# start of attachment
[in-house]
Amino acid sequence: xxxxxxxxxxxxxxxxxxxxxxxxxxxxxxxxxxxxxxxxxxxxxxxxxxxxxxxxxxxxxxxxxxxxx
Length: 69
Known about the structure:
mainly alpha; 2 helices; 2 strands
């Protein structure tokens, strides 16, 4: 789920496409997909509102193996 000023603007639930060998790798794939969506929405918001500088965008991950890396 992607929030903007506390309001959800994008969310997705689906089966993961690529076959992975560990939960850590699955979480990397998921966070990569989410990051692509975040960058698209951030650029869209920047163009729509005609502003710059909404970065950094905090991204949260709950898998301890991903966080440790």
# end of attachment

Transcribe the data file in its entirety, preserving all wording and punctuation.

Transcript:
[in-house]
Amino acid sequence: xxxxxxxxxxxxxxxxxxxxxxxxxxxxxxxxxxxxxxxxxxxxxxxxxxxxxxxxxxxxxxxxxxxxx
Length: 69
Known about the structure:
mainly alpha; 2 helices; 2 strands
């Protein structure tokens, strides 16, 4: 789920496409997909509102193996 000023603007639930060998790798794939969506929405918001500088965008991950890396 992607929030903007506390309001959800994008969310997705689906089966993961690529076959992975560990939960850590699955979480990397998921966070990569989410990051692509975040960058698209951030650029869209920047163009729509005609502003710059909404970065950094905090991204949260709950898998301890991903966080440790």